Revamp of historic Sanders Cafe, birthplace of KFC, is liberally seasoned with midcentury nostalgia

The Colonel Beckons

Revamp of historic Sanders Cafe, birthplace of KFC, is liberally seasoned with midcentury nostalgia

The Sanders Cafe, a National Register of Historic Places-listed eatery and museum situated on a busy stretch of U.S. Route 25 in southeastern Kentucky, emerged earlier this year from an extensive, preservation-focused exterior and interior refresh that first kicked off in 2019. The storied roadside restaurant reopened to great fanfare in late April, an unveiling date that came a bit later than anticipated due to the pandemic. (It’s drive-thru, however, remained open during the renovation process.)

The Sanders Cafe is, of course, the ancestral home of Kentucky Fried Chicken, the Bluegrass State­–born fast-food behemoth that today ranks as the world’s second-largest restaurant chain. Located in the city of Corbin, this is very same spot where filling station operator and string tie enthusiast Colonel Harland Sanders (not that kind of colonel) first wooed motorists off the highway with his scrumptious pressure-fried chicken prepared with a (still) secret recipe of 11 herbs and spices.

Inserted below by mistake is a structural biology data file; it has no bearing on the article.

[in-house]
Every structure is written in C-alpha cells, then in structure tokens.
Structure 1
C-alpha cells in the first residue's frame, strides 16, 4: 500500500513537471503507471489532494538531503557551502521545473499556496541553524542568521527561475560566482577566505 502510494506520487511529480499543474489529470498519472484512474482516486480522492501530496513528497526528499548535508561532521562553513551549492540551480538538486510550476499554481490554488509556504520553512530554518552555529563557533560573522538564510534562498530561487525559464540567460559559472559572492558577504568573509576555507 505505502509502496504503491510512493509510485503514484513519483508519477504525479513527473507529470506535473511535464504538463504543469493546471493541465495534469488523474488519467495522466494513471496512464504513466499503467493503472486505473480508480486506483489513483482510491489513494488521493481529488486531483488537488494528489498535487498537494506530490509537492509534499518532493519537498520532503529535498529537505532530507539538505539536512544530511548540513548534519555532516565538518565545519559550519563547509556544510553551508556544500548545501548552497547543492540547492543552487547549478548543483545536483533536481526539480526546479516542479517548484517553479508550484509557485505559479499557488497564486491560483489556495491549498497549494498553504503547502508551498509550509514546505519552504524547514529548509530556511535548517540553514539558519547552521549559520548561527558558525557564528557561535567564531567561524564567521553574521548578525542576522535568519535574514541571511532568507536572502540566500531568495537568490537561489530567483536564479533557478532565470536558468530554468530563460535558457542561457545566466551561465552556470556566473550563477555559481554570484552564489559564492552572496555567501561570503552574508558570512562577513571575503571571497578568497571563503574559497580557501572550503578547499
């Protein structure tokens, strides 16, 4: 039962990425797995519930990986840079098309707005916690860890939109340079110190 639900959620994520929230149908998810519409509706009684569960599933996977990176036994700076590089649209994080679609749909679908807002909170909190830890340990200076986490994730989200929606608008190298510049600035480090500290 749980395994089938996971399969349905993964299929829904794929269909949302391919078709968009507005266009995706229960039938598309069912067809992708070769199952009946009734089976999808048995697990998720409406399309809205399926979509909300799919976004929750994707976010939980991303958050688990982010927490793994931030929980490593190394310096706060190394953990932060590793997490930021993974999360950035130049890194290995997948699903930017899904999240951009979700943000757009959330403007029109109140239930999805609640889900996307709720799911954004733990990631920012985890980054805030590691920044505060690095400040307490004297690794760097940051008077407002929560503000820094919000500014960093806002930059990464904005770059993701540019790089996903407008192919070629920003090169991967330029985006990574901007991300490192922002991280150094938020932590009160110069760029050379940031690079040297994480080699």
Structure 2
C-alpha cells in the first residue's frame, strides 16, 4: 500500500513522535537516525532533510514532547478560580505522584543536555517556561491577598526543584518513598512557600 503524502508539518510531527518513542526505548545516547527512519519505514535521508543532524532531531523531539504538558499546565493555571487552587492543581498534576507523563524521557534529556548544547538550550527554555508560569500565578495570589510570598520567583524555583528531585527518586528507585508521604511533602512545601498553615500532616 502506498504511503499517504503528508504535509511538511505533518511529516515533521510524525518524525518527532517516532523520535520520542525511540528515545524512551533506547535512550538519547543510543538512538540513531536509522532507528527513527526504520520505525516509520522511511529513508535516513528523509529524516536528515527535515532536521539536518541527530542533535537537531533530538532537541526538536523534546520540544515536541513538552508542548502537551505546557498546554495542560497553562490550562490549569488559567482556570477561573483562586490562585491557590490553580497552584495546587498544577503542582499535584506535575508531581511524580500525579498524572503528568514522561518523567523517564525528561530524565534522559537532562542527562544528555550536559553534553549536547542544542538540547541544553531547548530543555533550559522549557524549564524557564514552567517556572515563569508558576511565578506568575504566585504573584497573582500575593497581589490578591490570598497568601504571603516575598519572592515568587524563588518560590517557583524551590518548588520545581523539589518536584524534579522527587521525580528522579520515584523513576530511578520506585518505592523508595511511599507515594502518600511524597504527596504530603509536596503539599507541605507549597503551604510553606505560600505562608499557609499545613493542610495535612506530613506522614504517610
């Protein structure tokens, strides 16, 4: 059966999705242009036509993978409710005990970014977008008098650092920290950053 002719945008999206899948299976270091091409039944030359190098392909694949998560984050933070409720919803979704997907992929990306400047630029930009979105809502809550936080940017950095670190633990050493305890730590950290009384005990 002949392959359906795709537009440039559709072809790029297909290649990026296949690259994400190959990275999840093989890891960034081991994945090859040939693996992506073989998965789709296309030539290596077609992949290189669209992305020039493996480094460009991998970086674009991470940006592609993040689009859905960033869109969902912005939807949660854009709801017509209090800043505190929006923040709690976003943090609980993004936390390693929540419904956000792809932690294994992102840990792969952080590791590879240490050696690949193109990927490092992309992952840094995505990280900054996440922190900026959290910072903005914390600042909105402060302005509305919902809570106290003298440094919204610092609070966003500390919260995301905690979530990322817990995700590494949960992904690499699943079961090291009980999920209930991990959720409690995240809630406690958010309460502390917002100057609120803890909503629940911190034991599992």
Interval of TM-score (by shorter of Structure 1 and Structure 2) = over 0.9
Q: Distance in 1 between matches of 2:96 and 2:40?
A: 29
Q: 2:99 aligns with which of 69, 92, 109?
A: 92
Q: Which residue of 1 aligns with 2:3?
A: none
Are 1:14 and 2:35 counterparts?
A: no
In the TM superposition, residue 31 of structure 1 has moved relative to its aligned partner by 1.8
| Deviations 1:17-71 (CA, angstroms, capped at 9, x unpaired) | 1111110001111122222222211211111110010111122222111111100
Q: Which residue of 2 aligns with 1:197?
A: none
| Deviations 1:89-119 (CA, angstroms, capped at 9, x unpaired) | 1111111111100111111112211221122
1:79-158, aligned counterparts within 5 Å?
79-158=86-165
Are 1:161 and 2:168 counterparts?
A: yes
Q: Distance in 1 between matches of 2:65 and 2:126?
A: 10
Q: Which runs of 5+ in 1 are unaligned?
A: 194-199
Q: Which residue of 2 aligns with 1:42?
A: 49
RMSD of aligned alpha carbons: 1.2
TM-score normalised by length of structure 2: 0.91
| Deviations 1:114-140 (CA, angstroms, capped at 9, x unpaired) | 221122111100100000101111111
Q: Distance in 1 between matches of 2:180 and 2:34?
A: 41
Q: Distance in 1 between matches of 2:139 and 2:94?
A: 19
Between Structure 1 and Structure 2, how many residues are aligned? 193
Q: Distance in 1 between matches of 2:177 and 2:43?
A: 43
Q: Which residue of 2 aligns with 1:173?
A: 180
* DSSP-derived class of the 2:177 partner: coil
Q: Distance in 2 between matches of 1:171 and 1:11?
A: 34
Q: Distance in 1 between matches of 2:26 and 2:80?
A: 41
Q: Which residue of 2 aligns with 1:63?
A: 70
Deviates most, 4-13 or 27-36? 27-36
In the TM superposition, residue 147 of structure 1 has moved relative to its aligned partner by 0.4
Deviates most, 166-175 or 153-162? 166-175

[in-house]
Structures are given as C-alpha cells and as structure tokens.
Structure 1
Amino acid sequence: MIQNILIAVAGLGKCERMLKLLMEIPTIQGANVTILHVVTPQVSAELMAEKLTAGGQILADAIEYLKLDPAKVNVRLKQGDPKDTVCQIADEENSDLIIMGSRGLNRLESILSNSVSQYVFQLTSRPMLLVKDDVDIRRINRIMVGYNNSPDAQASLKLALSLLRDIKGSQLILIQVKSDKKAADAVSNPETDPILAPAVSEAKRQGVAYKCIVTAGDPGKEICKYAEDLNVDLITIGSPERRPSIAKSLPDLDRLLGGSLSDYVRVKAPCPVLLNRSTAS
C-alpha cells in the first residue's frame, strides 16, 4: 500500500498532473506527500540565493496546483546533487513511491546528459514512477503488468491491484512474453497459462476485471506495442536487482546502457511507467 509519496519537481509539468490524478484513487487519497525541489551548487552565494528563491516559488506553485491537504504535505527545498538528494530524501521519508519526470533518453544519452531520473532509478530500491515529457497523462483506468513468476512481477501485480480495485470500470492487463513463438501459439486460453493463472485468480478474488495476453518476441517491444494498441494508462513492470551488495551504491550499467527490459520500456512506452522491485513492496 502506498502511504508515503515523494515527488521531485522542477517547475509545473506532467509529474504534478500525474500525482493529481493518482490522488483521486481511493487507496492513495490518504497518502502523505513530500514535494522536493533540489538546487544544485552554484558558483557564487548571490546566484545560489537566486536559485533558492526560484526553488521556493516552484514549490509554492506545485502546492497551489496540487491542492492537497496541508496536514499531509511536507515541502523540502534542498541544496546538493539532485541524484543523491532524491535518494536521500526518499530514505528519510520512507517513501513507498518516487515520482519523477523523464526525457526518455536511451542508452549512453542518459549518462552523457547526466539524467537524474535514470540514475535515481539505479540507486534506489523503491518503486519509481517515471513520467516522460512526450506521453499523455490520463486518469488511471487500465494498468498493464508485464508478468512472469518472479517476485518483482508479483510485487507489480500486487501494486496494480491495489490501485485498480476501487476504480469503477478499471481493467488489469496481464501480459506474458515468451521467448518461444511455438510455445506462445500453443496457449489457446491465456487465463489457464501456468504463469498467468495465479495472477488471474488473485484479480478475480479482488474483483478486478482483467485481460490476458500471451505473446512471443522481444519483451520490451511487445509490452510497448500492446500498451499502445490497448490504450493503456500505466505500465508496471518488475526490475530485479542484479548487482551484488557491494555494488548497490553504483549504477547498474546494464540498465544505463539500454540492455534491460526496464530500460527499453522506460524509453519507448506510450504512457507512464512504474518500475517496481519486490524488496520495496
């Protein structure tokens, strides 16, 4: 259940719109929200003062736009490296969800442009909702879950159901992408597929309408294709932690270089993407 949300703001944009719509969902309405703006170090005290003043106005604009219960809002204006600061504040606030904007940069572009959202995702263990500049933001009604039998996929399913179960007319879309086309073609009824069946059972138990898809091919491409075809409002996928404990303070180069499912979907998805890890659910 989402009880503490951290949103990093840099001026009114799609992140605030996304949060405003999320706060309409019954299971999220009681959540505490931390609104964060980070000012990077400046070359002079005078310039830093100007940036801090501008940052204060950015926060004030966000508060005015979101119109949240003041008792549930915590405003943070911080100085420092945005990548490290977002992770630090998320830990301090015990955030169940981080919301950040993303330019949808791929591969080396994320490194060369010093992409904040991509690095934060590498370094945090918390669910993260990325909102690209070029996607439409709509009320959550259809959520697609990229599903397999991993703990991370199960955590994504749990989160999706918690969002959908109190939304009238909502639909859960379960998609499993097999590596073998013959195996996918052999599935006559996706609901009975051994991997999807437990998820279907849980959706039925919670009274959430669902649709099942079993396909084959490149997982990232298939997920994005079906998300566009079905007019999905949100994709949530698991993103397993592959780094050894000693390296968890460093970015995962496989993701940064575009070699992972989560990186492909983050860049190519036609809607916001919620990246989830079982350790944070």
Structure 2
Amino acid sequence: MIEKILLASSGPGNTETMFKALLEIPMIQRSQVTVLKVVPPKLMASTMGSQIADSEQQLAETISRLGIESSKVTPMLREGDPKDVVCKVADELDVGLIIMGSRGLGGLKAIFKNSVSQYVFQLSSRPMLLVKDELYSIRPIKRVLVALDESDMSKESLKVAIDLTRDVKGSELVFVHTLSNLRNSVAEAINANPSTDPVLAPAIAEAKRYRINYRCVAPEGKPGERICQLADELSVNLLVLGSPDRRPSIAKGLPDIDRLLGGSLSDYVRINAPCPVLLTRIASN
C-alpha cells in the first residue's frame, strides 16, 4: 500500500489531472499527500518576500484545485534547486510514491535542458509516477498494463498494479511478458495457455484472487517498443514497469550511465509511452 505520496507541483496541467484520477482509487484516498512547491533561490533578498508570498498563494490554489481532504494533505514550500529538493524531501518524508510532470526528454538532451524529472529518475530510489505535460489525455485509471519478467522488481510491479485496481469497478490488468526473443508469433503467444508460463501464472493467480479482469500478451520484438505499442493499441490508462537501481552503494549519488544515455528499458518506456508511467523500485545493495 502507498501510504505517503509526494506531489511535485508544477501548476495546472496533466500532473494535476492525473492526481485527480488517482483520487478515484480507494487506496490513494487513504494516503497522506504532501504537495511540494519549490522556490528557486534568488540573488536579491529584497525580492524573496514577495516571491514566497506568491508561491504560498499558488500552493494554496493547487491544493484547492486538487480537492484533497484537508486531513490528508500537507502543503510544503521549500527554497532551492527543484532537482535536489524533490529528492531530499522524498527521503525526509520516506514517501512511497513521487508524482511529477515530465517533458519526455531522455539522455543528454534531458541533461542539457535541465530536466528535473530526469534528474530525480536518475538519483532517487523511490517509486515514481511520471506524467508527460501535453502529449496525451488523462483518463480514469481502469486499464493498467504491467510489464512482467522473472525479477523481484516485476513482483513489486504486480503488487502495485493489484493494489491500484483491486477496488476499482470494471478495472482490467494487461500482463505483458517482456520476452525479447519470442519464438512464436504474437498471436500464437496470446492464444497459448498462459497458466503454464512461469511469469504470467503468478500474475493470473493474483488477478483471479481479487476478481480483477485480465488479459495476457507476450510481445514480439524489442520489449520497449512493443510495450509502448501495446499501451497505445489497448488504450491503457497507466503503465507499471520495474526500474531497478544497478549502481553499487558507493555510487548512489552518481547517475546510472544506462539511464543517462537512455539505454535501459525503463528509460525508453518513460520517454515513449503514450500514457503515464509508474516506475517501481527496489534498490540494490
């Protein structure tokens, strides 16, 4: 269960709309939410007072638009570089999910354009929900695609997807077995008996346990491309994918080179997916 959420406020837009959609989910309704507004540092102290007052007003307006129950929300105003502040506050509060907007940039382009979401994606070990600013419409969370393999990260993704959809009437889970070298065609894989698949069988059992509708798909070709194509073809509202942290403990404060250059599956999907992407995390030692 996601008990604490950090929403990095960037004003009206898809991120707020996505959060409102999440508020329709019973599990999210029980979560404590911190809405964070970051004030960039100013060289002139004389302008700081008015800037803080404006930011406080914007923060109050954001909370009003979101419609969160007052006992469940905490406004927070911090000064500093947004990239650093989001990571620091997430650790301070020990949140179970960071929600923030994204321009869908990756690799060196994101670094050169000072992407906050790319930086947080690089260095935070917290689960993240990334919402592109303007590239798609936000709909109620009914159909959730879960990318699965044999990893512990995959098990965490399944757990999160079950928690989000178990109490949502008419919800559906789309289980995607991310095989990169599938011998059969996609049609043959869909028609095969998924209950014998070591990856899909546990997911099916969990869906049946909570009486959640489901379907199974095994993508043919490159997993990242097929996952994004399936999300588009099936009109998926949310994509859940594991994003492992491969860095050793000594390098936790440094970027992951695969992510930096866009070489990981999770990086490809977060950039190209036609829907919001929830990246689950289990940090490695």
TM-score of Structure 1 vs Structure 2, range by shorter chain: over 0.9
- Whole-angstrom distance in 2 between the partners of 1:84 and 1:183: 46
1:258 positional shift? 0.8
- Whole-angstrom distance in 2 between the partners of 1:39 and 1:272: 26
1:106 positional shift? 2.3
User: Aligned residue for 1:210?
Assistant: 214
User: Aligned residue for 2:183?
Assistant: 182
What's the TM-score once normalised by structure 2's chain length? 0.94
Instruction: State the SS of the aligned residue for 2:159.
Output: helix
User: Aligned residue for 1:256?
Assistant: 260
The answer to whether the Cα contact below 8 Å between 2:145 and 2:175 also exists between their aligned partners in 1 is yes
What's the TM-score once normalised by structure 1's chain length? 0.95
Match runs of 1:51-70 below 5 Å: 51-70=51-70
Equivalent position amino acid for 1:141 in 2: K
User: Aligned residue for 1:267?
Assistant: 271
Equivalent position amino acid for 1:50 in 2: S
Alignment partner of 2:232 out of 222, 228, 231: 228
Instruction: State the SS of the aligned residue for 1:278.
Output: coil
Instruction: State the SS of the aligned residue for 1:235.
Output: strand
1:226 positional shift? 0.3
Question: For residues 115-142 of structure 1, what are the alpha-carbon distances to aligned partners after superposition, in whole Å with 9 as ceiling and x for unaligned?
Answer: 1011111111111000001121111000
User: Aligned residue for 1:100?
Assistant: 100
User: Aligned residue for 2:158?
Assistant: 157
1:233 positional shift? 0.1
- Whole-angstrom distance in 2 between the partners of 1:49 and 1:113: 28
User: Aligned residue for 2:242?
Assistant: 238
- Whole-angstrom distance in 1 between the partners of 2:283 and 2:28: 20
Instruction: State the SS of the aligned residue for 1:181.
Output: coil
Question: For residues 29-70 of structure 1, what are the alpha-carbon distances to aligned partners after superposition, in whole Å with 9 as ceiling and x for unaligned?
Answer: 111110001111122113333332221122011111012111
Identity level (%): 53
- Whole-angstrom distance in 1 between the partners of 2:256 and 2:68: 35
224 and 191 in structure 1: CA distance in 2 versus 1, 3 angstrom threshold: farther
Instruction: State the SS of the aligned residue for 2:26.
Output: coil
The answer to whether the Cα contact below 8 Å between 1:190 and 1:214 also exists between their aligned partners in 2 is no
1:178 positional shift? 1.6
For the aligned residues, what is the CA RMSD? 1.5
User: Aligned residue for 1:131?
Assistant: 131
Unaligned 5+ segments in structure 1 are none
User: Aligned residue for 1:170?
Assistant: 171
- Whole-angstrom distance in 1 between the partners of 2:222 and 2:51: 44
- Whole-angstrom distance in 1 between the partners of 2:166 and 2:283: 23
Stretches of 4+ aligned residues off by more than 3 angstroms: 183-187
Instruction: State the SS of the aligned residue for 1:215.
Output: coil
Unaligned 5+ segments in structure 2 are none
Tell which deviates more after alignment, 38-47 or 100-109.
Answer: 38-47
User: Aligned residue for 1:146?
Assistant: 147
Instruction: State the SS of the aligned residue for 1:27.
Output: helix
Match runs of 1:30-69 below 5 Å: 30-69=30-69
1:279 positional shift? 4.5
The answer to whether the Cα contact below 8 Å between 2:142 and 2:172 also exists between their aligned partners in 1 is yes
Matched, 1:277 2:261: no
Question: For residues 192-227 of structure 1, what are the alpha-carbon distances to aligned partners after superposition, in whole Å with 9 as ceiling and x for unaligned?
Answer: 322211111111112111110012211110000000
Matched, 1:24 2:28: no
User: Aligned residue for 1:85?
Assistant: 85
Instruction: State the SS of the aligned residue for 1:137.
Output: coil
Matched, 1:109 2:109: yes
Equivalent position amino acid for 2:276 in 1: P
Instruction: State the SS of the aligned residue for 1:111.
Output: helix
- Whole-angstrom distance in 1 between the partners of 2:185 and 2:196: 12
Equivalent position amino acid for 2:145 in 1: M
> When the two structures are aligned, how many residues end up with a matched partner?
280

The current building, originally a restaurant-motel complex, opened in 1940 to replace the original Sanders Cafe, which was destroyed by fire the year prior. Sanders sold his Corbin cafe in 1956, five years after the first KFC franchise opened, not in Kentucky, but just outside of Salt Lake City. Facing demolition, the Sanders Cafe, which suffered a major blow years earlier when the opening of I-75 drew motorists away from Highway 25, was purchased in 1973 by KFC franchisees Linda and John R. Neal. They renovated the endangered highway-side restaurant and motel, transforming it into a regional destination known as the Sanders Cafe and Museum. The reimagined space opened in 1990 on what would have been Sanders’ 100th birthday. The historic gabled building was added to the NRHP that same year. (Best known as simply “the Colonel” in his later years, the Indiana-born Sanders died in 1980 at the age of 90, serving as a pop culture-famous brand ambassador for the company up until the end.)

interior of a museum dedicated to kentucky fried chicken
Museum visitors can watch a video presentation of KFC history, along with plenty of vintage TV ads. (Courtesy NELSON Worldwide)

The Tennessee-headquartered company established by the Neals, JRN, Inc. continues to own and operate the Sanders Cafe to this day.

For the recently completed revamp, JRN tapped frequent KFC collaborator, the Minneapolis­-headquartered multidisciplinary design firm NELSON Worldwide, to realize an overhaul that melds state-of-the-art exhibition design with ample throwback appeal meant to evoke the look and feel of the original cafe. Naturally, reverence to the goateed serial entrepreneur who started it all—the museum refers to Sanders as “the original celebrity chief”—was also a key consideration.

NELSON called this “one-of-kind” design concept a “Return to Roadside” approach.